Wisconsin health officials have identified seven people who may have contracted coronavirus after voting in the state’s elections earlier this month.

The state Department of Health Services added “election activity” to its list of COVID-19 virus investigation questions in its disease registry. The database “attempts to capture anyone that may have voted in person or worked at a polling place” on April 7, according to Jeanette Kowalik, Milwaukee’s commissioner of health.

Officials said they expect the number of those infected to rise after reviewing cases that began after April 7 once the incubation period of two weeks ends on Wednesday. The state has only 30 percent of data about new cases from Election Day on.

“While we continue to monitor cases of COVID-19 linked to election activity, we know that gatherings such as this are detrimental to the efforts to slow the spread of this pandemic,” said Ben Watson, the Milwaukee County Office of Emergency Management medical director.

Wisconsin held an in-person election over the opposition of Governor Tony Evers, who tried to both postpone the vote and switch to vote-by-mail. But those efforts were stymied by Republicans in the state legislature and rulings from the conservative majorities on the state and U.S. Supreme Courts.

Evers declared a state of emergency in Wisconsin on March 12 as coronavirus hit the state. A day ahead of the vote, Wisconsin had 2,440 cases of COVID-19 and 84 deaths. As of Tuesday, 230 people have died and nearly 4,500 have tested positive.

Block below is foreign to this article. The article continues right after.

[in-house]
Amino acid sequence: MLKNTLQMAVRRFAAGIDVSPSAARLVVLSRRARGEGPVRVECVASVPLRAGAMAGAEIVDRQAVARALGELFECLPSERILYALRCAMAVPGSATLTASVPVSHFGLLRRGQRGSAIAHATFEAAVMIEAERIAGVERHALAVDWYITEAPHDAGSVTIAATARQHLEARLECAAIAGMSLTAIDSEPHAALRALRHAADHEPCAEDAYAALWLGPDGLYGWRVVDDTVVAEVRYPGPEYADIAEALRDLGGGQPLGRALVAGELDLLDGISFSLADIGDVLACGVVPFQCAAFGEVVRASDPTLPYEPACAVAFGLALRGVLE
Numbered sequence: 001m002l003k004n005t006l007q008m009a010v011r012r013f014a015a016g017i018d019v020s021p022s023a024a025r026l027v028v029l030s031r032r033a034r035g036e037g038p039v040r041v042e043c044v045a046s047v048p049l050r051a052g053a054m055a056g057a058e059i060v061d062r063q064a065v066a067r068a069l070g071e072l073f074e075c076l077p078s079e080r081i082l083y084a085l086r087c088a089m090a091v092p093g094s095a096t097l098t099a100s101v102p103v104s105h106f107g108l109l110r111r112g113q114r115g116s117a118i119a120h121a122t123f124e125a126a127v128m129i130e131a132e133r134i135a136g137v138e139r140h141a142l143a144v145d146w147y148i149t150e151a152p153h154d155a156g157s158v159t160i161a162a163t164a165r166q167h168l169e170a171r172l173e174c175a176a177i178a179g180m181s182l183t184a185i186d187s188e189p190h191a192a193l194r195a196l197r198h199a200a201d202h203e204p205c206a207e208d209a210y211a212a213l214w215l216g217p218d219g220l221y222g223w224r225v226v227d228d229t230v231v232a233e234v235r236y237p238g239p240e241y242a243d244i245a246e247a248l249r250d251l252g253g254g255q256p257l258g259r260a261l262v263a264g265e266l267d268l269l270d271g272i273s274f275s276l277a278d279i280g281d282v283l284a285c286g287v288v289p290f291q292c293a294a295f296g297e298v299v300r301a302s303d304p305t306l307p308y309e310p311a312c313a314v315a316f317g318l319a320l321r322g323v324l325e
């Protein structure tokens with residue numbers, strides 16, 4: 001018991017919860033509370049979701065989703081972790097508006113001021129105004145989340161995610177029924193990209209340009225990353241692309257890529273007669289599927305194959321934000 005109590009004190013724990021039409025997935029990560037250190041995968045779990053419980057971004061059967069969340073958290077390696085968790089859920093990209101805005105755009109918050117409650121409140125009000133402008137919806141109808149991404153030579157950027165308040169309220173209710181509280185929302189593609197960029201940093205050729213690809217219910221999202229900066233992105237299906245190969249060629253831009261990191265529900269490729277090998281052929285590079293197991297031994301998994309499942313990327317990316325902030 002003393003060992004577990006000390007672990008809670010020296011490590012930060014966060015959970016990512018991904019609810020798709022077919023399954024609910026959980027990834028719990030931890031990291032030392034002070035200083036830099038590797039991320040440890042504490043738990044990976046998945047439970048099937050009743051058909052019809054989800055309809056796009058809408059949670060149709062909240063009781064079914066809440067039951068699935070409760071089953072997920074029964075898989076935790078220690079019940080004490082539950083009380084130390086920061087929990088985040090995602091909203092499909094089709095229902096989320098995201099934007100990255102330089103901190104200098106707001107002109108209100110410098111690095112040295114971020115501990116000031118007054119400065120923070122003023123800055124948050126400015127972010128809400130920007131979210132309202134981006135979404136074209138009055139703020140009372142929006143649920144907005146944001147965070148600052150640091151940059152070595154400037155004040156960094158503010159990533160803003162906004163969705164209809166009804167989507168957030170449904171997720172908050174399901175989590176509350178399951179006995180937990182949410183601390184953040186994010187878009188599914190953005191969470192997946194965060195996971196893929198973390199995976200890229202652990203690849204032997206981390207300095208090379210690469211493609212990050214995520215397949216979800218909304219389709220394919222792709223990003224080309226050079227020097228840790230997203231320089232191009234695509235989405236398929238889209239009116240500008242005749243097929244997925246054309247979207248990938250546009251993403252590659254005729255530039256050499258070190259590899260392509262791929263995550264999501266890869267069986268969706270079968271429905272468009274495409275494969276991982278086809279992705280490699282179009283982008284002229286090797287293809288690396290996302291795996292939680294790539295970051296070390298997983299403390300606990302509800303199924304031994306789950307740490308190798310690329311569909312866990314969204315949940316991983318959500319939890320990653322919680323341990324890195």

Still, people defied a stay-at-home order to vote in the election, when both state officials and the Democratic nomination candidates were on the ballot. Voters in some areas waited in long lines as concern about the virus caused a shortage of poll workers and the number of polling stations was sharply reduced in some areas. In Milwaukee, only five of more than 180 polling places were open.

At least a dozen states have delayed their primaries or switched to all mail-in voting in response to the coronavirus pandemic.

The Wisconsin election has led to demands from congressional Democrats for national legislation to address the pandemic’s effects on voting in the 2020 election year. President Trump has said he opposes mail-in voting, claiming it increases the possibility of fraud.

Former presidential candidate Bernie Sanders, who was on the ballot in Wisconsin and dropped out of the race a day after the vote, said that “people should not be forced to put their lives on the line to vote.”

Joe Biden, the presumptive Democratic nominee, won the state’s primary. He had called for the election to be conducted only with mail-in ballots because of the virus, and said on Twitter that Wisconsinites had shown “courage and commitment” by coming out to vote. “But it should never have come to that,” he added. “No one should ever have to choose between their health and our democracy.”

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